For royal weddings and normal-person weddings of ages past, it was tradition that the bride be walked down the aisle by her father. These days, many brides are choosing instead to have mothers, siblings, or other important figures in their lives escort them—though the tradition certainly lingers longer in some circles. Particularly, of course, royal circles, where even a slight deviation from what’s normally done is guaranteed to make headlines.
But while Meghan Markle and Prince Harry have said they think wedding traditions are “very important,” she isn’t one to stick to by-the-book royal expectations (messy bun, anyone?). And when it comes time to walk down the aisle at the royal wedding on Saturday, May 19, she’ll be breaking from tradition in not one but two ways.
As announced earlier today, Prince Charles will be escorting Markle down the aisle at her wedding. Her father was originally supposed to, but he’s recovering from heart surgery—after a lot of drama went down—and can’t make the nuptials. The switch is tradition-breaking, but not entirely unprecedented. Princess Margaret, Queen Elizabeth II’s sister, walked down the aisle with her brother-in-law Prince Philip, Duke of Edinburgh, when she married Antony Armstrong-Jones in 1960. And Queen Victoria gave away some of her daughters at their weddings following the death of Prince Albert.
The real tradition broken here, it turns out, is that her stroll with Charles will happen during the second part of her walk, according to CNN. For the first part, she’s walking alone.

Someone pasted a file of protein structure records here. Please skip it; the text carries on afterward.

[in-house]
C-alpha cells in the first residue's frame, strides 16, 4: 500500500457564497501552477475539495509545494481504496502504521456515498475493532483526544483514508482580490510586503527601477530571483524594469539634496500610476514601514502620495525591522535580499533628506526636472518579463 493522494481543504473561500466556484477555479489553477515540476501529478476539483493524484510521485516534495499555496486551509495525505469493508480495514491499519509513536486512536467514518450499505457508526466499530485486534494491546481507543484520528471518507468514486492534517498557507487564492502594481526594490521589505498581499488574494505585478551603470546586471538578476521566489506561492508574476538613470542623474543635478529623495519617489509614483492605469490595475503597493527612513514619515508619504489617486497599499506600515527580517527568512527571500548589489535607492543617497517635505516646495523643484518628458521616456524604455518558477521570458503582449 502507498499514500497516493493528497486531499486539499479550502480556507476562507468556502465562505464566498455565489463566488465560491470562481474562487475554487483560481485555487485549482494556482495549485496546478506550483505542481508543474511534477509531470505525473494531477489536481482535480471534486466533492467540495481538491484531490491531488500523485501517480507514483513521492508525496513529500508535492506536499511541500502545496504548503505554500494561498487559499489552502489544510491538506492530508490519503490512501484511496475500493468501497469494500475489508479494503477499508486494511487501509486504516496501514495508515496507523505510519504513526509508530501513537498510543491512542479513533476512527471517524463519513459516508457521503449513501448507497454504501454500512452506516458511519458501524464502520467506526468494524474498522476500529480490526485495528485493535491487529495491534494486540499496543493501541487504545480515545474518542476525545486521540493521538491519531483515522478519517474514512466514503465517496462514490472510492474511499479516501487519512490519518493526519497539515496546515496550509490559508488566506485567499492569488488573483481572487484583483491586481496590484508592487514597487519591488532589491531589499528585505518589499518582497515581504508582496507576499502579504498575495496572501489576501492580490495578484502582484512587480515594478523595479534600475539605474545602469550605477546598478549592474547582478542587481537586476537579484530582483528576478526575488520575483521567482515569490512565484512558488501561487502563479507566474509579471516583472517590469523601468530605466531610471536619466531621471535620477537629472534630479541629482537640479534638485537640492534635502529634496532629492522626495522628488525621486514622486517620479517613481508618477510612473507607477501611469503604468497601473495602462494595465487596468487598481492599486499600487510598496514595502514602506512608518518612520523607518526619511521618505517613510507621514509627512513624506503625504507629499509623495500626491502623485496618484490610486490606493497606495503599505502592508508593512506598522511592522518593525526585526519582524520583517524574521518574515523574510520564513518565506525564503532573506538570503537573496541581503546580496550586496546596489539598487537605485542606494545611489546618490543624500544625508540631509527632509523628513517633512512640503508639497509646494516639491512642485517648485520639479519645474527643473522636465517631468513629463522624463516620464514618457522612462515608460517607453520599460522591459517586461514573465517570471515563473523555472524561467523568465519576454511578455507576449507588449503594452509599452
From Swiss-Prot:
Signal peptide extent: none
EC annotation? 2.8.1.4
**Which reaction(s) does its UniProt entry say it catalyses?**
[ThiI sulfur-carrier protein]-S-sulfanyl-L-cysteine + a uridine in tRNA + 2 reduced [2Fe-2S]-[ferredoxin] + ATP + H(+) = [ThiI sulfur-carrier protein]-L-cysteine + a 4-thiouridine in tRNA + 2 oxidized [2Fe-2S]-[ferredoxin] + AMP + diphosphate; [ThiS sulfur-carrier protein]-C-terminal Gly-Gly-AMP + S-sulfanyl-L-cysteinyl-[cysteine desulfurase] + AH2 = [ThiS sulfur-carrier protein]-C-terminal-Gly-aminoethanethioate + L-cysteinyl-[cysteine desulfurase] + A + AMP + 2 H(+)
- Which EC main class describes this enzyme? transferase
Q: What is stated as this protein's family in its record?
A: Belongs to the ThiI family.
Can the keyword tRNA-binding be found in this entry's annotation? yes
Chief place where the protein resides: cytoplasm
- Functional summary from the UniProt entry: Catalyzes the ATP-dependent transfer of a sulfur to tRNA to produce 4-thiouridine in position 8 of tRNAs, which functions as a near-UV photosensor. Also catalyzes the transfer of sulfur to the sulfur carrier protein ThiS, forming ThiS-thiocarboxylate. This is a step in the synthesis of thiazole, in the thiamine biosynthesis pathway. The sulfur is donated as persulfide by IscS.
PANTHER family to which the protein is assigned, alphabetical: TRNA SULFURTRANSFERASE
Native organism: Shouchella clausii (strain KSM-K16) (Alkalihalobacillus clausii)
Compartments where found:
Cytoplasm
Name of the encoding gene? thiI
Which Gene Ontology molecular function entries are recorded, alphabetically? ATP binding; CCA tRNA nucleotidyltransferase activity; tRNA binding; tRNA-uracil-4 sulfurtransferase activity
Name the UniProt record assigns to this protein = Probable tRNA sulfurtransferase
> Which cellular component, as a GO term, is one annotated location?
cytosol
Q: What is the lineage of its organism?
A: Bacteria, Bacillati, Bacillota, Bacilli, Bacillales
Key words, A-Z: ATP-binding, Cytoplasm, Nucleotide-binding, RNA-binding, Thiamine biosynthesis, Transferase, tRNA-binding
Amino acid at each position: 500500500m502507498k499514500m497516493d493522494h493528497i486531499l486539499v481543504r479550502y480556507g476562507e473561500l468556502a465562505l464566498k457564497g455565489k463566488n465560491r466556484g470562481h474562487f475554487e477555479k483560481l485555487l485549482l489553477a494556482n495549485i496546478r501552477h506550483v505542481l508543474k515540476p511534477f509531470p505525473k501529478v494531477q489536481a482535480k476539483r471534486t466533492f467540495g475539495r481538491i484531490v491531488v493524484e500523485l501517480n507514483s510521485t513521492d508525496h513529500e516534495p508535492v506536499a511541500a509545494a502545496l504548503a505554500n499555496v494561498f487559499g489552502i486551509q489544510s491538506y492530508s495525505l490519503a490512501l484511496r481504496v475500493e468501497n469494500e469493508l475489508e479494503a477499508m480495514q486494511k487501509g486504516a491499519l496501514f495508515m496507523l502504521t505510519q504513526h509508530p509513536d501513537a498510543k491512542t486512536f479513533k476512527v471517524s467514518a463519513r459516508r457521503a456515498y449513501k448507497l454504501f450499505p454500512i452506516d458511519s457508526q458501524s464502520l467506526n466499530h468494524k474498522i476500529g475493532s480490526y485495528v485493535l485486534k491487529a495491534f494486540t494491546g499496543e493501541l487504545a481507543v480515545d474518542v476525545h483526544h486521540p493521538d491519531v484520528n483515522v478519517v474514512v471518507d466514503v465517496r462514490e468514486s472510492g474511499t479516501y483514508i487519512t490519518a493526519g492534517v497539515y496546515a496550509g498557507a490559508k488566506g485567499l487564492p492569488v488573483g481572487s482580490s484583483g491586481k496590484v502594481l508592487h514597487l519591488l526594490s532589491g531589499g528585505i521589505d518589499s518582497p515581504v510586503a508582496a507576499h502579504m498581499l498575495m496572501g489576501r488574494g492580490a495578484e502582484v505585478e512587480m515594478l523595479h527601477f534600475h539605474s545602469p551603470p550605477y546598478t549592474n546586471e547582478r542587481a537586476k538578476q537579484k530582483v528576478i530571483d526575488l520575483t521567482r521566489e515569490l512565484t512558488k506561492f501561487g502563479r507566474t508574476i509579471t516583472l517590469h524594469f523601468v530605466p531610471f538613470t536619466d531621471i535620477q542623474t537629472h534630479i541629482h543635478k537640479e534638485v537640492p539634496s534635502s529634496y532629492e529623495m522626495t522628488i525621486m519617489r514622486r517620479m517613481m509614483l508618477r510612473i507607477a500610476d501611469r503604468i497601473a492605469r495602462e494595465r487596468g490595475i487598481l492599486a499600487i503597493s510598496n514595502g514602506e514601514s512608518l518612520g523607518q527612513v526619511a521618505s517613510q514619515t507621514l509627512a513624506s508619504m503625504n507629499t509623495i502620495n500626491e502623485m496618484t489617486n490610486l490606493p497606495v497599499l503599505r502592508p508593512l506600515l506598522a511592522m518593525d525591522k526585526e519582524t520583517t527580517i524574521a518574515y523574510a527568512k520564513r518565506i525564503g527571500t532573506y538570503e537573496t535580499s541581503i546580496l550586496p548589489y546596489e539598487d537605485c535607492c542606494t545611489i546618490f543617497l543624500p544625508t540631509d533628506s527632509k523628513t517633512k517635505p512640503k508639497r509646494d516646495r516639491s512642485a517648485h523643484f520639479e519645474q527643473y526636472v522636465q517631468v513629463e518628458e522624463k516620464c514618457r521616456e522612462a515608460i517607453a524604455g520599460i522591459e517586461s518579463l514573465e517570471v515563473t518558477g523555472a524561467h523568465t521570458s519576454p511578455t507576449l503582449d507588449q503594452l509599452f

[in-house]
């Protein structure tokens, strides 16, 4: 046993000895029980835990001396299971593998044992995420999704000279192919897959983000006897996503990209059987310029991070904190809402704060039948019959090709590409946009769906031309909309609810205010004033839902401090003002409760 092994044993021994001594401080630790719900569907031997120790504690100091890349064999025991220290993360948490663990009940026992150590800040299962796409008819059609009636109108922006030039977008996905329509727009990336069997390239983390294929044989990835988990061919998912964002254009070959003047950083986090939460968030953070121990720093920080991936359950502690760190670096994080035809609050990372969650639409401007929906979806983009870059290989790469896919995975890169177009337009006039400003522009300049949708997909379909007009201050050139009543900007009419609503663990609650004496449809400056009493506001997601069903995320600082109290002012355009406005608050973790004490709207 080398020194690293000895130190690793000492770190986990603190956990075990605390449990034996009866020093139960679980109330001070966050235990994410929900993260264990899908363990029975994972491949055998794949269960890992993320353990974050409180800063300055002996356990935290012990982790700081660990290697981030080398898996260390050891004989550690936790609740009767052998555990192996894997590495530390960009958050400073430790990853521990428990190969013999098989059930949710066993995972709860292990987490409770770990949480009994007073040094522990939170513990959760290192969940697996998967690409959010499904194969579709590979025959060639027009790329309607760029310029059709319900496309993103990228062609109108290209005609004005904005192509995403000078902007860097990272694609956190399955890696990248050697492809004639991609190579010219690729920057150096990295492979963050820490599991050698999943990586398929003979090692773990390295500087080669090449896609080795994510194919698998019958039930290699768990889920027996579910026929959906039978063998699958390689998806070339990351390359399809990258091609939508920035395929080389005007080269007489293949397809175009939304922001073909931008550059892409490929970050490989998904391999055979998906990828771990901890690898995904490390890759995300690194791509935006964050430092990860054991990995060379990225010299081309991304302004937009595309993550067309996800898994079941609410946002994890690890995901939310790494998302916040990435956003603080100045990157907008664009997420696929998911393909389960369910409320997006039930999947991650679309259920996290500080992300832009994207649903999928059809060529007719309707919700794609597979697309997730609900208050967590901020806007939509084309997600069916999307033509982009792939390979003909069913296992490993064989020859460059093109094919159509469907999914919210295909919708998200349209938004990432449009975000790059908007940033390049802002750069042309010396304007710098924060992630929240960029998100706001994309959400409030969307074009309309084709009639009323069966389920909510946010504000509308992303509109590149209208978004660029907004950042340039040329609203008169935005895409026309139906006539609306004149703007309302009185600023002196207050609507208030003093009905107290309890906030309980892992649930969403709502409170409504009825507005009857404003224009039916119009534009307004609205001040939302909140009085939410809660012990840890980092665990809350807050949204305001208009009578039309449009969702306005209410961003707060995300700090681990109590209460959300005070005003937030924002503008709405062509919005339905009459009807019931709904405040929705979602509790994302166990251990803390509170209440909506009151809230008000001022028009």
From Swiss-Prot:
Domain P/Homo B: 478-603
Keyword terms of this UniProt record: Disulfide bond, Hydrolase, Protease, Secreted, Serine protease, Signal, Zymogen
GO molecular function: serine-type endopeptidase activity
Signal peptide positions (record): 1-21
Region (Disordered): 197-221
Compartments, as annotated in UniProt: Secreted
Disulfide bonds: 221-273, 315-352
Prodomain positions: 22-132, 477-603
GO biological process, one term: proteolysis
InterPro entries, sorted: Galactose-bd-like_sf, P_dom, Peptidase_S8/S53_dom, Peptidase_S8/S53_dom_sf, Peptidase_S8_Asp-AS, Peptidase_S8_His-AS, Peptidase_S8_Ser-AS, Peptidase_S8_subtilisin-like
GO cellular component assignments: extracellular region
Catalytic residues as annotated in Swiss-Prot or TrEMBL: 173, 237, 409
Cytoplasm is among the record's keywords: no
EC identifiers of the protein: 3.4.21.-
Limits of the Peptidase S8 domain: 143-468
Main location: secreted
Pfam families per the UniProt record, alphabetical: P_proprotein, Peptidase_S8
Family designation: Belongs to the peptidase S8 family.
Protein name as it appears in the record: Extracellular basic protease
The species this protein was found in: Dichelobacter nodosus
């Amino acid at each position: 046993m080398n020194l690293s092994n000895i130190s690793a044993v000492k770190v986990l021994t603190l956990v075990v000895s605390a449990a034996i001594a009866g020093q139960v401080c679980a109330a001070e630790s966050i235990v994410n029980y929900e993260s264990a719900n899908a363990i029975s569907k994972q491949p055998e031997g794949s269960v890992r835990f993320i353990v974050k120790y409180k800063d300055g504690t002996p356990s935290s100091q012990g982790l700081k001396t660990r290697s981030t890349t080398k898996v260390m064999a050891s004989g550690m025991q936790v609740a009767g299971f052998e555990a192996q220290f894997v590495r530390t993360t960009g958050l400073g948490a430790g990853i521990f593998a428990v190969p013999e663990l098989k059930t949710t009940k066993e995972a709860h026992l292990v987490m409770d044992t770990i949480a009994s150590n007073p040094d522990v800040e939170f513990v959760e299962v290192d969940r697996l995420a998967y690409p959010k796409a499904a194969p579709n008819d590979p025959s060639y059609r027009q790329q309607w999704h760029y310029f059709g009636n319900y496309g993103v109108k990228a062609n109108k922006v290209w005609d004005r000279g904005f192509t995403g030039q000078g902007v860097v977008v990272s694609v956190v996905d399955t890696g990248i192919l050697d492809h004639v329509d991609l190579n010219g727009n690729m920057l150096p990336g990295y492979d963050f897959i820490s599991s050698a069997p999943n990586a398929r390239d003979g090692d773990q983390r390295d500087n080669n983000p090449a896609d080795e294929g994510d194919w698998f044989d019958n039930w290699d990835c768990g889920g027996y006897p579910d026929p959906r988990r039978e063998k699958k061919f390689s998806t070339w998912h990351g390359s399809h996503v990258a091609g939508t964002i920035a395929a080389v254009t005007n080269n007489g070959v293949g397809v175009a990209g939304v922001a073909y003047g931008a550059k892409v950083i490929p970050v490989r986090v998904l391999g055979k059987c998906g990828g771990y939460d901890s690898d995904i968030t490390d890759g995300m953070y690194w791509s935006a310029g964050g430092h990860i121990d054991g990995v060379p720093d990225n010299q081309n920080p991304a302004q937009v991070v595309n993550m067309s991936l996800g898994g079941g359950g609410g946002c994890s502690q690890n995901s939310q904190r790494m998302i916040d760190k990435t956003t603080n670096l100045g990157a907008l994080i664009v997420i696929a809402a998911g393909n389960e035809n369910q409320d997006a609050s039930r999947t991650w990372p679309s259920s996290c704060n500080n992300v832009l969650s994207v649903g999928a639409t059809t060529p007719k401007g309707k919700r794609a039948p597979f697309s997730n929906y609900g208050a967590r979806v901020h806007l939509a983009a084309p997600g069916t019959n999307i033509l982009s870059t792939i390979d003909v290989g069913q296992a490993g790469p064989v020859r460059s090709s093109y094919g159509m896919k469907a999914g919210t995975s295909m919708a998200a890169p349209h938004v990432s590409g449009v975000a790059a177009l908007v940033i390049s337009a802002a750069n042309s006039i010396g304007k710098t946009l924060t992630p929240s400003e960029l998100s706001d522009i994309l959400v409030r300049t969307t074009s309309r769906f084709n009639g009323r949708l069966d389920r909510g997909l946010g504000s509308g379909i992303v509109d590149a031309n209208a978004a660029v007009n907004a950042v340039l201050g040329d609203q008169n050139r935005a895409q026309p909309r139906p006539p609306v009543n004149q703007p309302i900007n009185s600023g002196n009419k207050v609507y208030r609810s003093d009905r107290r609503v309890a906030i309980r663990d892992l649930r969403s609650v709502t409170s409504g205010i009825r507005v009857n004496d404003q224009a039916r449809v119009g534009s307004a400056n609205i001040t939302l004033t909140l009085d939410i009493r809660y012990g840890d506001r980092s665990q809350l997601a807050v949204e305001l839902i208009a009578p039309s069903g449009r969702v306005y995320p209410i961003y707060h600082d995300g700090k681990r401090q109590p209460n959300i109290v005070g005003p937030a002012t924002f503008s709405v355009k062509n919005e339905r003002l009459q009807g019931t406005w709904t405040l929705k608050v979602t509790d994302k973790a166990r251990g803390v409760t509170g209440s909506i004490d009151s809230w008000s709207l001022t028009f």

According to CNN, Markle will walk down the nave of St. George’s Chapel unescorted. (The nave, architecturally—and very loosely—is the part between the doors and the transept, the bit that traditionally runs perpendicular/crosswise to the rest of the building to form a cross shape.) She’ll be behind her bridesmaids and pageboys, and there will be a “senior clergy member” leading the group. Notably, there won’t be anyone taking her arm. Here’s a view of the nave:
She’ll continue alone until she gets to the choir (or quire), the part right after the transept but before the sanctuary, which is where the altar (and usually the groom, a.k.a. Harry!) are. At that point is when Charles will take her arm. He’ll “stand back” as she approaches Harry.
To give you an idea, here’s a view of the quire where Charles will meet Meghan:
The absence of her dad, by the way, hasn’t changed her plan to walk alone: According to CNN, he was always going to meet her where Charles will now. This is reportedly her own idea: Markle is, after all, a woman who has worked hard to carve out her path in life. If she wants to walk alone, that’s a wonderful way to celebrate her accomplishments as a modern, independent woman.